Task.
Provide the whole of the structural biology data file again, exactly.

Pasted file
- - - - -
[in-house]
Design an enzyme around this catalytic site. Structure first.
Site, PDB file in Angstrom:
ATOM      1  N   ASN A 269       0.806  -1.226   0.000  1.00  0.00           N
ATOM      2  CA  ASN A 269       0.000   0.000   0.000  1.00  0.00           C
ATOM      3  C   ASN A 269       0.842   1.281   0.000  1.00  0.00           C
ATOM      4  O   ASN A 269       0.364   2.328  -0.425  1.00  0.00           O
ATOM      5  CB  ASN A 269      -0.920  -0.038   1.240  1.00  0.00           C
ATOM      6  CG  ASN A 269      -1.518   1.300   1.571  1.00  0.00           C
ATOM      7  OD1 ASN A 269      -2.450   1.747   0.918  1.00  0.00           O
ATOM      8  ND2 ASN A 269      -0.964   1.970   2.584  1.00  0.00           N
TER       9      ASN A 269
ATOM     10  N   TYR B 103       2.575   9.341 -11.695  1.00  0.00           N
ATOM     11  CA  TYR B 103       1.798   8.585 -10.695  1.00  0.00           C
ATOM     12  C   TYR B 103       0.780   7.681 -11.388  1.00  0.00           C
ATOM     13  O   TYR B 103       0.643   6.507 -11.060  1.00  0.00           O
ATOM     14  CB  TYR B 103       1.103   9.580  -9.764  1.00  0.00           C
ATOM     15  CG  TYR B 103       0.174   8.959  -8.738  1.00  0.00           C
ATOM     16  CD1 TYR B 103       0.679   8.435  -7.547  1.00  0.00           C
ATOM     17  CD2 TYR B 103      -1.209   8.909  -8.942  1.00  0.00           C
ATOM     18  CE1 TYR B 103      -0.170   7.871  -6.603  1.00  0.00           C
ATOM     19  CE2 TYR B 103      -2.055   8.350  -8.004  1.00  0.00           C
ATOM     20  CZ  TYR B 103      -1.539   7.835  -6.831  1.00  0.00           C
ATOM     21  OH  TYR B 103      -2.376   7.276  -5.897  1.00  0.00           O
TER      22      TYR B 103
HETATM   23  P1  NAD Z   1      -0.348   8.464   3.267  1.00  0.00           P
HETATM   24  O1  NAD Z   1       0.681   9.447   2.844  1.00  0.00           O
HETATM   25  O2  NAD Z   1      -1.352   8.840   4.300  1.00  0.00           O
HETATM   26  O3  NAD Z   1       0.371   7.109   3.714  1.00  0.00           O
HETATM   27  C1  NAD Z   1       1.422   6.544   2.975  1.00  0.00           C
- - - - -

[in-house]
Design an enzyme around this catalytic site. Structure first.
Site, PDB file in Angstrom:
ATOM      1  N   ASN A 269       0.806  -1.226   0.000  1.00  0.00           N
ATOM      2  CA  ASN A 269       0.000   0.000   0.000  1.00  0.00           C
ATOM      3  C   ASN A 269       0.842   1.281   0.000  1.00  0.00           C
ATOM      4  O   ASN A 269       0.364   2.328  -0.425  1.00  0.00           O
ATOM      5  CB  ASN A 269      -0.920  -0.038   1.240  1.00  0.00           C
ATOM      6  CG  ASN A 269      -1.518   1.300   1.571  1.00  0.00           C
ATOM      7  OD1 ASN A 269      -2.450   1.747   0.918  1.00  0.00           O
ATOM      8  ND2 ASN A 269      -0.964   1.970   2.584  1.00  0.00           N
TER       9      ASN A 269
ATOM     10  N   TYR B 103       2.575   9.341 -11.695  1.00  0.00           N
ATOM     11  CA  TYR B 103       1.798   8.585 -10.695  1.00  0.00           C
ATOM     12  C   TYR B 103       0.780   7.681 -11.388  1.00  0.00           C
ATOM     13  O   TYR B 103       0.643   6.507 -11.060  1.00  0.00           O
ATOM     14  CB  TYR B 103       1.103   9.580  -9.764  1.00  0.00           C
ATOM     15  CG  TYR B 103       0.174   8.959  -8.738  1.00  0.00           C
ATOM     16  CD1 TYR B 103       0.679   8.435  -7.547  1.00  0.00           C
ATOM     17  CD2 TYR B 103      -1.209   8.909  -8.942  1.00  0.00           C
ATOM     18  CE1 TYR B 103      -0.170   7.871  -6.603  1.00  0.00           C
ATOM     19  CE2 TYR B 103      -2.055   8.350  -8.004  1.00  0.00           C
ATOM     20  CZ  TYR B 103      -1.539   7.835  -6.831  1.00  0.00           C
ATOM     21  OH  TYR B 103      -2.376   7.276  -5.897  1.00  0.00           O
TER      22      TYR B 103
HETATM   23  P1  NAD Z   1      -0.348   8.464   3.267  1.00  0.00           P
HETATM   24  O1  NAD Z   1       0.681   9.447   2.844  1.00  0.00           O
HETATM   25  O2  NAD Z   1      -1.352   8.840   4.300  1.00  0.00           O
HETATM   26  O3  NAD Z   1       0.371   7.109   3.714  1.00  0.00           O
HETATM   27  C1  NAD Z   1       1.422   6.544   2.975  1.00  0.00           C